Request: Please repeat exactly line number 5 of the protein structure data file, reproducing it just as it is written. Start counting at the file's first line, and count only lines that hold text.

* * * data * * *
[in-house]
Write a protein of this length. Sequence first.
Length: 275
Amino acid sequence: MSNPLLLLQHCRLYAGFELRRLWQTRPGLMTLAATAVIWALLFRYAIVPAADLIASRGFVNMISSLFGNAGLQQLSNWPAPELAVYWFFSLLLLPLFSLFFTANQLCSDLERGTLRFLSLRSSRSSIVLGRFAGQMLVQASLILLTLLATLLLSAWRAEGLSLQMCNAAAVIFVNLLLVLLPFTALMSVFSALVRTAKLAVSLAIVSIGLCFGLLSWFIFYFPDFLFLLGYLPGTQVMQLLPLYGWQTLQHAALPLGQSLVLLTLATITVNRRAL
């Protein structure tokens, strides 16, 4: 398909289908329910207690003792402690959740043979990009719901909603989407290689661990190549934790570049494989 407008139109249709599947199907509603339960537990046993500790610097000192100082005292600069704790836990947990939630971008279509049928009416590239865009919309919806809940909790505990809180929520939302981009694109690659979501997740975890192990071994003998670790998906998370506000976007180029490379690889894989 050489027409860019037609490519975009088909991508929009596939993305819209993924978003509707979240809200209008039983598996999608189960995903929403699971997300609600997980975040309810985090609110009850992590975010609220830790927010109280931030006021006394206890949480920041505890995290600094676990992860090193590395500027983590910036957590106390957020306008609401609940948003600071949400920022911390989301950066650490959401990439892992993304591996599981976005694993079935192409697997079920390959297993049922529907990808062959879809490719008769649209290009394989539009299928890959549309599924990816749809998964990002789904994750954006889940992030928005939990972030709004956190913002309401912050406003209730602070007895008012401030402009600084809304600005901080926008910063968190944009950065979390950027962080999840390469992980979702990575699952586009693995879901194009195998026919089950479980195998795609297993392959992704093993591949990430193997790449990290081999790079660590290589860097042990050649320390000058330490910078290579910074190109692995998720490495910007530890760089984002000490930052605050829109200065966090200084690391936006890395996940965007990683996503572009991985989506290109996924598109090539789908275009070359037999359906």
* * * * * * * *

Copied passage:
């Protein structure tokens, strides 16, 4: 398909289908329910207690003792402690959740043979990009719901909603989407290689661990190549934790570049494989 407008139109249709599947199907509603339960537990046993500790610097000192100082005292600069704790836990947990939630971008279509049928009416590239865009919309919806809940909790505990809180929520939302981009694109690659979501997740975890192990071994003998670790998906998370506000976007180029490379690889894989 050489027409860019037609490519975009088909991508929009596939993305819209993924978003509707979240809200209008039983598996999608189960995903929403699971997300609600997980975040309810985090609110009850992590975010609220830790927010109280931030006021006394206890949480920041505890995290600094676990992860090193590395500027983590910036957590106390957020306008609401609940948003600071949400920022911390989301950066650490959401990439892992993304591996599981976005694993079935192409697997079920390959297993049922529907990808062959879809490719008769649209290009394989539009299928890959549309599924990816749809998964990002789904994750954006889940992030928005939990972030709004956190913002309401912050406003209730602070007895008012401030402009600084809304600005901080926008910063968190944009950065979390950027962080999840390469992980979702990575699952586009693995879901194009195998026919089950479980195998795609297993392959992704093993591949990430193997790449990290081999790079660590290589860097042990050649320390000058330490910078290579910074190109692995998720490495910007530890760089984002000490930052605050829109200065966090200084690391936006890395996940965007990683996503572009991985989506290109996924598109090539789908275009070359037999359906």